When the heroin encampment under the Kensington Avenue bridge first grew in October, Philadelphia's response was to hide the mattresses.

Literally. Every week, workers would clear out the 15 or so beds that people in addiction had dragged into the bridge tunnel and hide them in the hopes that their owners would be unable to find them and move somewhere else.

And has it learned lessons from the previous year of herding people in addiction around like cattle, from one camp to the next?

From early reports of the city's plan, it seems city officials have. As my colleague Aubrey Whelan reported, the city this time has realized it must meet people where they are. Over  30 days, outreach workers will be sent to two of the camps, open shelter beds, and relax some of the barriers that keep people from treatment — including guaranteeing them immediate access. Instead of stealing people's mattresses, the city is providing the shelter beds the neighborhood has needed for so long, and, more important, expanding a low-barrier, housing-first program that doesn't require sobriety, and allows people to take the first steps toward recovery, on their terms.

There's skepticism that the city can get it right. This type of comprehensive plan wasn't there when Gurney Street closed. For so long, there wasn't any plan at all. So it's understandable that neighbors are frustrated. (What's less understandable is City Councilwoman Maria Quiñones-Sanchez's continued insistence on referring to the people in the camps as being "on a binge" and suggesting law-and-order responses to a complex addiction crisis that we know can't be solved that way.)

READ MORE: 'It's gone now': Gurney Street heroin camps mostly cleaned up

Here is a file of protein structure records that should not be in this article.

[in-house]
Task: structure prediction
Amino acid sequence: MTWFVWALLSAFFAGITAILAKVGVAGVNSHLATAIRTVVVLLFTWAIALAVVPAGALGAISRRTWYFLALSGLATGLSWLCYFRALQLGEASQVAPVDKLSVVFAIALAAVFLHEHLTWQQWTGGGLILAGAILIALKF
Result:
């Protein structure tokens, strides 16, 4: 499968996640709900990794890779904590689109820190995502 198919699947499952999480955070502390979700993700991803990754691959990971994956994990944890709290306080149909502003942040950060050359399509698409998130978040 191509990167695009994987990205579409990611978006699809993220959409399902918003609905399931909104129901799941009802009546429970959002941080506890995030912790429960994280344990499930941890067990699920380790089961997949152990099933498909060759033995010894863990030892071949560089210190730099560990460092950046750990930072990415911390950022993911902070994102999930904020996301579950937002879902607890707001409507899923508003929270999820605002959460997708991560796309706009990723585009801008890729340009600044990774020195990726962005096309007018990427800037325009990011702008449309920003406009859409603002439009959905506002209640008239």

So this plan is a proving ground for the city — to do right by the community in Kensington and to do right by the community in the camps.

The community in the tunnels is not fixed — its members changes by the week. By the day. More and more people are showing up in Kensington because that's where we've allowed the drug epidemic to flourish. So many of the faces I first encountered in the neighborhood last summer are gone — they've been pushed somewhere else, or are in recovery, or in jail. Or they've been lost to an overdose. Eighty people from the tunnels have an opportunity to get shelter over the next month. And 80 people will replace them in the streets of Kensington. If successful, the encampment plan can be a template for how to reach them, too.

After years of inaction, the city is finally giving us cause for a guarded sense of optimism. As we take long-overdue steps to address the problem in Kensington, we must hold our neighbors in the surrounding counties to the same standard.

Their children are in these tunnels, too, and their mattresses and sleeping bags have expanded to tents and dressers and couches. The conversations about harm reduction measures that keep people alive, like safe-injection sites and medically assisted treatment and supportive housing, need to extend across the county line.

The truth is that no matter how many beds the city has ready for people in the tunnels, some just aren't going to be ready to take them. That's how addiction and mental illness work. Like it or not, just like Gurney Street and the library lawn and the cathedral before them, the camps are as safe a space to use heroin as the city has right now. The encampment plan has to go hand-in-hand with a safe-injection site — otherwise, the city risks further isolating those who are not ready to come inside. And until one opens, we'll keep finding them dead in alleyways, or vacant lots, or a new camp somewhere.